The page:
A few years ago, Harvard President Drew Faust commissioned a University-wide Task Force on Inclusion and Belonging.
The presidential charge delivered to the committee, under the title “From Diversity to Belonging,” states that: “A community that draws on the widest possible pool of talent, one that fully embraces individuals from varied backgrounds, cultures, races, identities, life experiences, perspectives, beliefs, and values, is a more just community. It is also an environment in which learning, creativity, and discovery can flourish. Harvard aspires to be such a place. Diversity, inclusion, and belonging are not incidental concerns; they are fundamental to Harvard’s mission and identity."
The charge goes on to state that “across and within its twelve Schools, Harvard offers its students, faculty, and staff many different experiential pathways but also elements of a common culture. What are the defining characteristics of Harvard’s common culture? That is, what is the lived experience of diversity, inclusion, empowerment, and belonging among students, staff, and faculty? How can we transform that culture to achieve not just inclusion but full belonging and empowerment for all members of our community?”
The recently completed Pulse Survey on Inclusion and Belonging was recommended by the Presidential Task Force to take the pulse of belonging at Harvard based on agreement or disagreement with the statement: “I feel like I belong at Harvard.”
But what does belonging to, or at, Harvard mean for all the members of the Harvard community—students, staff, and faculty? What does belonging to anything mean?
I can easily see why people want to come to Harvard, connect with Harvard, network at Harvard, exploit the corporate brand of Harvard, boast of being at Harvard, revel in the prestige of Harvard, or even make money from Harvard’s credentialing. But what about belonging at Harvard?
Diversity and inclusion are vital parts of belonging, but I can also see that the belonging word resonates with something even deeper in the human condition. You know that when someone says to you, as they have to me every now and again, “you know, I feel that I really belong here” that they are talking about something more than diversity and inclusion, though obviously not something less than that. What do people mean when they say they really belong somewhere? Here is my stab at the six most important aspects of belonging.
1. First, that to which we belong, not just affiliated with, should have some morally compelling reason for its existence beyond the exercise of privilege, cultural power, and the generation of resources for material comfort.
I call this the ethical component of belonging.
2. Belonging to an institution, as with belonging to a family, involves the acceptance of our own frailties and those of others in a spirit of generosity and mutual forbearance, even when we fiercely disagree with and irritate one another.
There is no belonging without self-acceptance. In the words of Sarah Ban Breathnach, “[I]t doesn’t matter whom you love or where you move from or to, you always take yourself with you. If you don’t know who you are, or if you’ve forgotten or misplaced her, then you’ll always feel as if you don’t belong. Anywhere.”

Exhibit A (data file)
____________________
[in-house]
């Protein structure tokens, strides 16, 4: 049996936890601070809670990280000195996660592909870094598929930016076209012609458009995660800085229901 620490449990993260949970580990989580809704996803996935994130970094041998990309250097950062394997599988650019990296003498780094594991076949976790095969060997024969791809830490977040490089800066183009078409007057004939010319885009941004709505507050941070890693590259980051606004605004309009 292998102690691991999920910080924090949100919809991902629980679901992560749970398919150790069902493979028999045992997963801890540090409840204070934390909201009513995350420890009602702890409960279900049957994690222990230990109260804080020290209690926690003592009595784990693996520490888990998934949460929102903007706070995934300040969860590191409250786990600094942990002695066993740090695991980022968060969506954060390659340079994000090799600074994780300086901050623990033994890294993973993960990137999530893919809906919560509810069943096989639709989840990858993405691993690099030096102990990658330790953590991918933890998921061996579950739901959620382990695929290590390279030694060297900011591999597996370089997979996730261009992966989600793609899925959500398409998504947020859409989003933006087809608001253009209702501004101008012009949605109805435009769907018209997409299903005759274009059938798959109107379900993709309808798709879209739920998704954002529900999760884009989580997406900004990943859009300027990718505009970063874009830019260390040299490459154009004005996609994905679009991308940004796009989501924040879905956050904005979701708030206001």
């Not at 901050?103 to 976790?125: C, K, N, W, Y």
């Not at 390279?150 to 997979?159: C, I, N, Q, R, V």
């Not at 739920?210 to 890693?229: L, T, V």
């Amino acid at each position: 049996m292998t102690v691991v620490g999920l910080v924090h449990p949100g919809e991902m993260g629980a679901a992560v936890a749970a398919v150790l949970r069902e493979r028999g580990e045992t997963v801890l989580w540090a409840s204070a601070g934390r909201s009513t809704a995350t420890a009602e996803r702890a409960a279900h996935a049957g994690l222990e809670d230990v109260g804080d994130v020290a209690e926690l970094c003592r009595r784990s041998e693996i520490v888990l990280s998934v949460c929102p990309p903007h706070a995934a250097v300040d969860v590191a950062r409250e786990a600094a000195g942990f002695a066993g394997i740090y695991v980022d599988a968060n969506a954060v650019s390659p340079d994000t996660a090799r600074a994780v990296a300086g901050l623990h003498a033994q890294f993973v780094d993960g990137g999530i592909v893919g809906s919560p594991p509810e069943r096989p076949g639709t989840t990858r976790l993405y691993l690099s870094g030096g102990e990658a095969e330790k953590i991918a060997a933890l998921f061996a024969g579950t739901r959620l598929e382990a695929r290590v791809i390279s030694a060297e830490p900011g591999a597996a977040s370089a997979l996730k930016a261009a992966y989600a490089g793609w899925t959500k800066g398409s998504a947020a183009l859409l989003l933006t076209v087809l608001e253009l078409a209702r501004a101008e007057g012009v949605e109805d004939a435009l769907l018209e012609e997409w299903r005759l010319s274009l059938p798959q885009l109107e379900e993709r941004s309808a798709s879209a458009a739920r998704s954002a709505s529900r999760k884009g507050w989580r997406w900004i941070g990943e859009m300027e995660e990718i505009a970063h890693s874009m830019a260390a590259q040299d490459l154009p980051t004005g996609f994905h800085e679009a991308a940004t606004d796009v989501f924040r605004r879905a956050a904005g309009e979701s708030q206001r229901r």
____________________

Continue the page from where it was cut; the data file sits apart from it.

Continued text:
I call this the human component of belonging.
3. We cannot belong anywhere where we know people in our community are being humiliated or diminished or treated with disrespect. Desmond Tutu calls this ubuntu.
“A person with ubuntu is open and available to others, affirming of others, does not feel threatened that others are able and good, for he or she has a proper self-assurance that comes from knowing that he or she belongs in a greater whole and is diminished when others are humiliated or diminished, when others are tortured or oppressed.”
I call this the social justice component of belonging.
4. A true sense of belonging comes only with a sense that our deepest longing for belonging is shared by everyone. F. Scott Fitzgerald writes that that is “part of the beauty of all literature. You discover that your longings are universal longings, that you’re not lonely and isolated from anyone. You belong.”
That quote is not only about the importance of belonging, but is also a ringing endorsement of why the arts and humanities matter at Harvard just as much as the big battalions of science and technology, which at their best are informed by the same values.
I call this the universal longing of belonging.
5. We can’t belong anywhere if we don’t want to belong and take on the responsibility and commitment of belonging. As long as we are content to stand aloof from community with a critical spirit of detachment, disengagement, or judgment we will never belong. We may achieve a kind of smug self-satisfaction that way, but we will never discover the warmth of heart and spirit that belonging brings.
I call this the responsible component of belonging.
6. Finally, any well-functioning family or community has a set of characteristics that include a desire to look out for another, an ability to create inclusive celebrations and rituals, a commitment to kindness, a spirit of forgiveness, and a lightness of touch often characterized by a gentle humor that does not operate at someone else’s expense.
I call this the belonging aspect of belonging.
Belonging is a powerful word. It resonates with self-acceptance, with community, with a sense of home, of somehow being where we are meant to be, and where we can flourish individually and corporately.
Belonging is deeply ethical, transformatively human, connected to social justice, rooted in a universal longing, and is something which every one of us must take responsibility for.
Belonging is a beautiful word. It is worth striving for. It should be who we are.
David N. Hempton is Dean of the Faculty of Divinity, Alonzo L. McDonald Family Professor of Evangelical Theological Studies, and John Lord O'Brian Professor of Divinity.